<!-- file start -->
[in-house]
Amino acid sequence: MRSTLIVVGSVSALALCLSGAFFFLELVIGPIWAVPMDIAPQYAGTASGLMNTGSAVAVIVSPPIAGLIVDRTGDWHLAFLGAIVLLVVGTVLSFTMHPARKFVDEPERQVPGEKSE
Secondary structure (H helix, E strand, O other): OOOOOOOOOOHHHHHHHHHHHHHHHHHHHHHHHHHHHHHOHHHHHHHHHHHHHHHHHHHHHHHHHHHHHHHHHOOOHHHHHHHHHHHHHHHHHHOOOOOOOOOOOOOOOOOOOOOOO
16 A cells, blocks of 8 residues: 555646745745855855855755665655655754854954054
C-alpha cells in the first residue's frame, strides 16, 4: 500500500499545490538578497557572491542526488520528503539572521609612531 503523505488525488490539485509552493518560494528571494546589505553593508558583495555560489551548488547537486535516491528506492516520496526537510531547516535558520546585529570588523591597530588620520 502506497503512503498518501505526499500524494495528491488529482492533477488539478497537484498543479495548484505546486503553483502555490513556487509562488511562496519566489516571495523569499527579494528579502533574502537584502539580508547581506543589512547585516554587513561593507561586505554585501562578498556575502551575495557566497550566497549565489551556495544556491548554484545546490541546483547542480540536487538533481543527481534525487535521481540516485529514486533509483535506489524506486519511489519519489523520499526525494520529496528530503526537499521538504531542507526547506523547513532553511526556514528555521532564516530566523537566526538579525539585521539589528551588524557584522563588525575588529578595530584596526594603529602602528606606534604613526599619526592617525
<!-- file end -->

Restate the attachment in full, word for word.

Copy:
[in-house]
Amino acid sequence: MRSTLIVVGSVSALALCLSGAFFFLELVIGPIWAVPMDIAPQYAGTASGLMNTGSAVAVIVSPPIAGLIVDRTGDWHLAFLGAIVLLVVGTVLSFTMHPARKFVDEPERQVPGEKSE
Secondary structure (H helix, E strand, O other): OOOOOOOOOOHHHHHHHHHHHHHHHHHHHHHHHHHHHHHOHHHHHHHHHHHHHHHHHHHHHHHHHHHHHHHHHOOOHHHHHHHHHHHHHHHHHHOOOOOOOOOOOOOOOOOOOOOOO
16 A cells, blocks of 8 residues: 555646745745855855855755665655655754854954054
C-alpha cells in the first residue's frame, strides 16, 4: 500500500499545490538578497557572491542526488520528503539572521609612531 503523505488525488490539485509552493518560494528571494546589505553593508558583495555560489551548488547537486535516491528506492516520496526537510531547516535558520546585529570588523591597530588620520 502506497503512503498518501505526499500524494495528491488529482492533477488539478497537484498543479495548484505546486503553483502555490513556487509562488511562496519566489516571495523569499527579494528579502533574502537584502539580508547581506543589512547585516554587513561593507561586505554585501562578498556575502551575495557566497550566497549565489551556495544556491548554484545546490541546483547542480540536487538533481543527481534525487535521481540516485529514486533509483535506489524506486519511489519519489523520499526525494520529496528530503526537499521538504531542507526547506523547513532553511526556514528555521532564516530566523537566526538579525539585521539589528551588524557584522563588525575588529578595530584596526594603529602602528606606534604613526599619526592617525